Kolon TissueGene will temporarily suspend the third phase of U.S. clinical trial for the osteoarthritis cell gene therapy called Invossa. Because the solution used in the product is different from the original licensed ingredient, the company plans to withhold the ongoing recruitment of patients and check safety first.
Kolon TissueGene said on April 1 that it had reached an agreement with the U.S. Food and Drug Administration to temporarily suspend the collection of patients after it was found that one of the two components of Invossa came from 293 derived cells.
Originally, it was thought that the solution was used as a cartilage-derived cell according to the Korean permit, but it was confirmed belatedly that the other 293 cells were used.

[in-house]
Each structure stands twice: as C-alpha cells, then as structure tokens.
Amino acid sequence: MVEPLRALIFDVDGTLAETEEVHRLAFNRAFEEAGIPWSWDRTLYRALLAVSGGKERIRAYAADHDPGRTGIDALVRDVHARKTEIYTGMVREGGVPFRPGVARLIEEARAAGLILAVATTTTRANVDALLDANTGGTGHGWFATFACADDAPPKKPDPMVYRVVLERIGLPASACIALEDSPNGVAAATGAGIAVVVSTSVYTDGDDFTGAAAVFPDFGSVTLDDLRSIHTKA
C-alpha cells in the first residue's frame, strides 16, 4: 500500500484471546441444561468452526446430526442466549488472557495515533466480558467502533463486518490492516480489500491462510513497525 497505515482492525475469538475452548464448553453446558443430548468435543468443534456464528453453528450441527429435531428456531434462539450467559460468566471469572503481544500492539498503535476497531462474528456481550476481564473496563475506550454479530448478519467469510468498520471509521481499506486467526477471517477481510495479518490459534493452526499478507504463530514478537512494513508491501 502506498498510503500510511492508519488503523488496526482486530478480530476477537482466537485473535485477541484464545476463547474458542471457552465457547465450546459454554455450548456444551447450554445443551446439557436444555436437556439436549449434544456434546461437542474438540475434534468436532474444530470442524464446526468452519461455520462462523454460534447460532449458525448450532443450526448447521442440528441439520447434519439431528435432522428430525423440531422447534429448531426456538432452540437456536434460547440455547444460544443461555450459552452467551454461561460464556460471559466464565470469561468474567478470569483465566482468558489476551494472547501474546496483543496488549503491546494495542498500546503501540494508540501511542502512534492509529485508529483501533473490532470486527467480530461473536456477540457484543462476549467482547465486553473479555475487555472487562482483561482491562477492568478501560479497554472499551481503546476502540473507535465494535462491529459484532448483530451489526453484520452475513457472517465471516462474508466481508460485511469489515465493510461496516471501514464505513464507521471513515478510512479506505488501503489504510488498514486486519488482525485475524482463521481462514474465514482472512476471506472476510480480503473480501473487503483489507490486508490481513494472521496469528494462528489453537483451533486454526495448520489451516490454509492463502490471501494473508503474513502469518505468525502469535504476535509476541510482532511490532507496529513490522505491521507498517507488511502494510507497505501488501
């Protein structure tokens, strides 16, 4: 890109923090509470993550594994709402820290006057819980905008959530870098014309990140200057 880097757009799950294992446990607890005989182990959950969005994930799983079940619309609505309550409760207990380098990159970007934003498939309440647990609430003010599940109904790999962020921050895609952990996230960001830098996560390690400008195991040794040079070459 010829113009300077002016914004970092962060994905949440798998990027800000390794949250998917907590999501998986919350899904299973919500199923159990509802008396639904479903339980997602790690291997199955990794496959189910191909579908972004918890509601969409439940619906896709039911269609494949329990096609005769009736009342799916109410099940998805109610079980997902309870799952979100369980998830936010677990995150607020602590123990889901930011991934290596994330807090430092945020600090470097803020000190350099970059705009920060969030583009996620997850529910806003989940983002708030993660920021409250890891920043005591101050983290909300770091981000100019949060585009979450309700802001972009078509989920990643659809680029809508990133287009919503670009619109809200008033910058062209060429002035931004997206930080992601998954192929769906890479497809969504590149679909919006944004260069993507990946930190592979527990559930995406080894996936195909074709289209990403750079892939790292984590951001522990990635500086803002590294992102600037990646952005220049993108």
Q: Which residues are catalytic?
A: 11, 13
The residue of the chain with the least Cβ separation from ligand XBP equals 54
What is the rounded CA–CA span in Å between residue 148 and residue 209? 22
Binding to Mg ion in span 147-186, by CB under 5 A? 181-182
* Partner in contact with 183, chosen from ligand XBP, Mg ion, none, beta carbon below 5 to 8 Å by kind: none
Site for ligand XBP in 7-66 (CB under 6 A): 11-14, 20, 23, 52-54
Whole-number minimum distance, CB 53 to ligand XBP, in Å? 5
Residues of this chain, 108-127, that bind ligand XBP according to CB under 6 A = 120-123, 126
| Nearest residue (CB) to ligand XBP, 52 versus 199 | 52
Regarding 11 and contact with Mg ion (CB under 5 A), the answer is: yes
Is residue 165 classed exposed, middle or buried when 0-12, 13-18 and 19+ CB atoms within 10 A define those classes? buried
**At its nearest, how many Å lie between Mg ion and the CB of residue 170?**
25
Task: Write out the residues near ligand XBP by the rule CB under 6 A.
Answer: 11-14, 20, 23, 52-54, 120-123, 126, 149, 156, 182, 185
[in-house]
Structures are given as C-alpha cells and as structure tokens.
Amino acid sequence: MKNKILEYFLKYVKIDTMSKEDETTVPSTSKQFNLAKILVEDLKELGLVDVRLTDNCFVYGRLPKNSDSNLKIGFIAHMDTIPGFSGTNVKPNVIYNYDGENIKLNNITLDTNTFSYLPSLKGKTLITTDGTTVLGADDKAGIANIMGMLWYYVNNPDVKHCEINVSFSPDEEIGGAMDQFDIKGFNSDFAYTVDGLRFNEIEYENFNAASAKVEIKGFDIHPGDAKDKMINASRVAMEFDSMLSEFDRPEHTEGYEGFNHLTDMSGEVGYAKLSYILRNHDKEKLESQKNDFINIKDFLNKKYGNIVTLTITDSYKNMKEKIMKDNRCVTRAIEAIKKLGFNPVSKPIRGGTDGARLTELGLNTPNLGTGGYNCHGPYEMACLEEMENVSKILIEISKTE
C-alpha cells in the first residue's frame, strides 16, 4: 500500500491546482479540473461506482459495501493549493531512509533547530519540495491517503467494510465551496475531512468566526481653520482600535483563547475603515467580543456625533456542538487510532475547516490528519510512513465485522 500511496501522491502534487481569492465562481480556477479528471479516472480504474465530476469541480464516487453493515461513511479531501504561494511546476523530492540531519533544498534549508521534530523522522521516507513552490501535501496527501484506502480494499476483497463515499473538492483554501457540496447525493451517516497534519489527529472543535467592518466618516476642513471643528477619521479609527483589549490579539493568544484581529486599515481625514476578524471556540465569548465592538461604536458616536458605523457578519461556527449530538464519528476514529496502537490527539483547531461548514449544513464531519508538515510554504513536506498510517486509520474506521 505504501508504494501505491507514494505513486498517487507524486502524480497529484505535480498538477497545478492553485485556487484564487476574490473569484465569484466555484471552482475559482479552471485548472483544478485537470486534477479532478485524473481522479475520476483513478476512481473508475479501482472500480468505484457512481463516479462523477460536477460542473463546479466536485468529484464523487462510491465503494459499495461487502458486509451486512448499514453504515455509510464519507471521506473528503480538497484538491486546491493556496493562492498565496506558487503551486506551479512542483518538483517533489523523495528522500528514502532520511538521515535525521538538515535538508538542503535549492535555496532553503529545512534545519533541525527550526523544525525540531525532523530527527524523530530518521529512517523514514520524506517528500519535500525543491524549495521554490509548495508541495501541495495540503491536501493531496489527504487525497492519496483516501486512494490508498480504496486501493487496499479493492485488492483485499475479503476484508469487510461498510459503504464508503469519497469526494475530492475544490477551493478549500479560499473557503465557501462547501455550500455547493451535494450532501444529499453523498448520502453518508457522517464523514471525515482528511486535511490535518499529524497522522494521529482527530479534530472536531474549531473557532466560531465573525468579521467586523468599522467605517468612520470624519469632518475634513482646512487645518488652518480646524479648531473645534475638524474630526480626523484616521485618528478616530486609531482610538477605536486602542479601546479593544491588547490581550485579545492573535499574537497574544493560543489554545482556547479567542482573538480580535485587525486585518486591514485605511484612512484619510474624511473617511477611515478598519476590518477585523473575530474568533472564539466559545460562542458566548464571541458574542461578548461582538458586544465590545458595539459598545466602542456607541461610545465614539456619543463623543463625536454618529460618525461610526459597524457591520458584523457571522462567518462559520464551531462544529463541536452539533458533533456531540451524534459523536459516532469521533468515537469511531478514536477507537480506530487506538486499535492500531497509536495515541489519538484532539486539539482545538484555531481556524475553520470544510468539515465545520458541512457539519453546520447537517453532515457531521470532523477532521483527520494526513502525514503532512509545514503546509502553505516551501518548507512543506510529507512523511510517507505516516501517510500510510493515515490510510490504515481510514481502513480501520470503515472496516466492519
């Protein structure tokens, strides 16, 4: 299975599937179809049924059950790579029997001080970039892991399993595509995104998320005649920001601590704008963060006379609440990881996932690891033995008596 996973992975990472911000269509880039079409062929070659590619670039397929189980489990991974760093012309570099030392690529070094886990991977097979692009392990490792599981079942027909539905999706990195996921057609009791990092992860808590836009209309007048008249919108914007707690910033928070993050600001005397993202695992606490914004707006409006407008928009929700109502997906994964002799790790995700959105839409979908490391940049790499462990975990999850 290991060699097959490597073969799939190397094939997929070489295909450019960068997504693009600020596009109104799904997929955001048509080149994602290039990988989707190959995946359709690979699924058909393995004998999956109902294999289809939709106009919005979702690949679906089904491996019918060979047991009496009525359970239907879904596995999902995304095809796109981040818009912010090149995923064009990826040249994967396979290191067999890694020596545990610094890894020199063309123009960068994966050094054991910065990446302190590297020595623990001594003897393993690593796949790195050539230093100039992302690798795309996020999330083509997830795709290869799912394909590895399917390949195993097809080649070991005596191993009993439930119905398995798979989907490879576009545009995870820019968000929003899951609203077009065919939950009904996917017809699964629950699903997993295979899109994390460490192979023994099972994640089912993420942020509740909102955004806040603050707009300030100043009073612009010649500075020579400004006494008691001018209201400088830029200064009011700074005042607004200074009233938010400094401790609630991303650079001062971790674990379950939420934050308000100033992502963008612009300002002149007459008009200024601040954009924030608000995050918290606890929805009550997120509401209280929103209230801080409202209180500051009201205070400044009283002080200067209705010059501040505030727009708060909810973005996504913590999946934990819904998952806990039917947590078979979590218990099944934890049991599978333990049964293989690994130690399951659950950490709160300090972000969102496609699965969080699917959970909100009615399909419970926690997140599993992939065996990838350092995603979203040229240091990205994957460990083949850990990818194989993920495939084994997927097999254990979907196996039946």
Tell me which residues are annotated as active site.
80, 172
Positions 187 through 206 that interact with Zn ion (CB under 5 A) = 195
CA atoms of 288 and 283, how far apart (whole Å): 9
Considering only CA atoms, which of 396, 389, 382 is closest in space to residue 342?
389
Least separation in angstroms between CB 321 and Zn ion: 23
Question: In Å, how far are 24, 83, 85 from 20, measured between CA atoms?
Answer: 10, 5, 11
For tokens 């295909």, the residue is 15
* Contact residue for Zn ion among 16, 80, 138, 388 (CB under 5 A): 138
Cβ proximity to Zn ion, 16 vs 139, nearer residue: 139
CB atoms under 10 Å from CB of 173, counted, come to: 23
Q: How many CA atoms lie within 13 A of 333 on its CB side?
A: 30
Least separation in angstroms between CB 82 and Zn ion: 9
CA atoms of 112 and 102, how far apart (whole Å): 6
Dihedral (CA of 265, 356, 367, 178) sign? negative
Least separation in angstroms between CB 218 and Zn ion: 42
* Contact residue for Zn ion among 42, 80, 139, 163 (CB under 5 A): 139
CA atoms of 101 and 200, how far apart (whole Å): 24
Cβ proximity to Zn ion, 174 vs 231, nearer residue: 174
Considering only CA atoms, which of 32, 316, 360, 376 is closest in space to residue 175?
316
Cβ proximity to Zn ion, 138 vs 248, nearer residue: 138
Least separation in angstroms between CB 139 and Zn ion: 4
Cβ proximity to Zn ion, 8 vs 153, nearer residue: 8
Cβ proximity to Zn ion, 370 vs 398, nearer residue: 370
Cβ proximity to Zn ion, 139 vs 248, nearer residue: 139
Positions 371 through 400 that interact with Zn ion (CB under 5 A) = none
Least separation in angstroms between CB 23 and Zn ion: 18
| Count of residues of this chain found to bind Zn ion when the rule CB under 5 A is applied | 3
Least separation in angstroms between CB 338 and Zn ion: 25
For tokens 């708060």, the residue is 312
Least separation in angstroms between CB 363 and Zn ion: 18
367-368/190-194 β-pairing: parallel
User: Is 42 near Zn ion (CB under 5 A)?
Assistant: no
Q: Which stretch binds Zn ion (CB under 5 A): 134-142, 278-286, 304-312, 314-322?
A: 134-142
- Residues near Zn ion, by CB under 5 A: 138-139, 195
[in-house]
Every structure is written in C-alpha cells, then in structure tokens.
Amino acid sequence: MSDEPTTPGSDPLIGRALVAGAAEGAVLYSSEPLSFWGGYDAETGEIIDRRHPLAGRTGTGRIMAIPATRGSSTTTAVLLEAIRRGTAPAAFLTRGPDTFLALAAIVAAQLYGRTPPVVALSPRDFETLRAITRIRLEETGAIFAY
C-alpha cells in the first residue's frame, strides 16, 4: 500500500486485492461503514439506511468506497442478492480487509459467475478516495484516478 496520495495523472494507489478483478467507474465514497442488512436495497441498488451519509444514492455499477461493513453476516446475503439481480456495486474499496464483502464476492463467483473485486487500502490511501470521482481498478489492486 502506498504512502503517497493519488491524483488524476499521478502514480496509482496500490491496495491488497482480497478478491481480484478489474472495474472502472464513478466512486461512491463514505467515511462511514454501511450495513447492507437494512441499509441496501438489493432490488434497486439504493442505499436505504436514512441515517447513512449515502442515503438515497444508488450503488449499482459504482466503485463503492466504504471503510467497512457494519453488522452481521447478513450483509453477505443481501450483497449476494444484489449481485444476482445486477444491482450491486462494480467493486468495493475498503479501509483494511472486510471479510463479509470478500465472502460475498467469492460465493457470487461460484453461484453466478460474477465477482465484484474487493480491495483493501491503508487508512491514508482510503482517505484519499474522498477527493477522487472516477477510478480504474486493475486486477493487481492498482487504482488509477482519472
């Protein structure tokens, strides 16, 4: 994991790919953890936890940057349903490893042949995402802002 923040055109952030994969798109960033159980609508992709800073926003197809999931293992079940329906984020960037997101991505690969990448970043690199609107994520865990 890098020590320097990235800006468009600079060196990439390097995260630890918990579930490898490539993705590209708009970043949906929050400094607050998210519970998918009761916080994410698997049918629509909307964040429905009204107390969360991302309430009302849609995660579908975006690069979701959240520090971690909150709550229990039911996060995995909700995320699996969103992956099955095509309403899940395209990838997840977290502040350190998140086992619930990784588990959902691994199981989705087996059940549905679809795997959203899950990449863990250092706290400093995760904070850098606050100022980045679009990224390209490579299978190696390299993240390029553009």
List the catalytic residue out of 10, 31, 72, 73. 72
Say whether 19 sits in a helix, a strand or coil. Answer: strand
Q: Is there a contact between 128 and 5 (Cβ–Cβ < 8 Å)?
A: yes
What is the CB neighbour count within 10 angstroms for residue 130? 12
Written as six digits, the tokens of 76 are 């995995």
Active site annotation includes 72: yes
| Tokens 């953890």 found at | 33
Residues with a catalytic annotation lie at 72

Invossa is a gene therapy drug that injects 1HC and 2 TCs, which are extracted from a person's cartilage, into the joint cavity at a ratio of 3:1. In South Korea, Kolon Life Science sells the product under the name of "Invossa K."
South Korea's Ministry of Food and Drug Safety has requested Kolon Life Science to stop manufacturing and selling the Invossa K as one of the product's main ingredients is believed to be kidney-specific cells different from the same cartilage cells listed in the data submitted at the time of approval.
As a result, Kolon Life Science will voluntarily stop distribution and sales of Invossa from next month to check its safety.
"We have been using 293 derived cells as transformed cells until the completion of full-time phase, clinical phase 1 and phase 2," said Kolon TissueGene. "We believe that there will be no impact on the safety and effectiveness of products."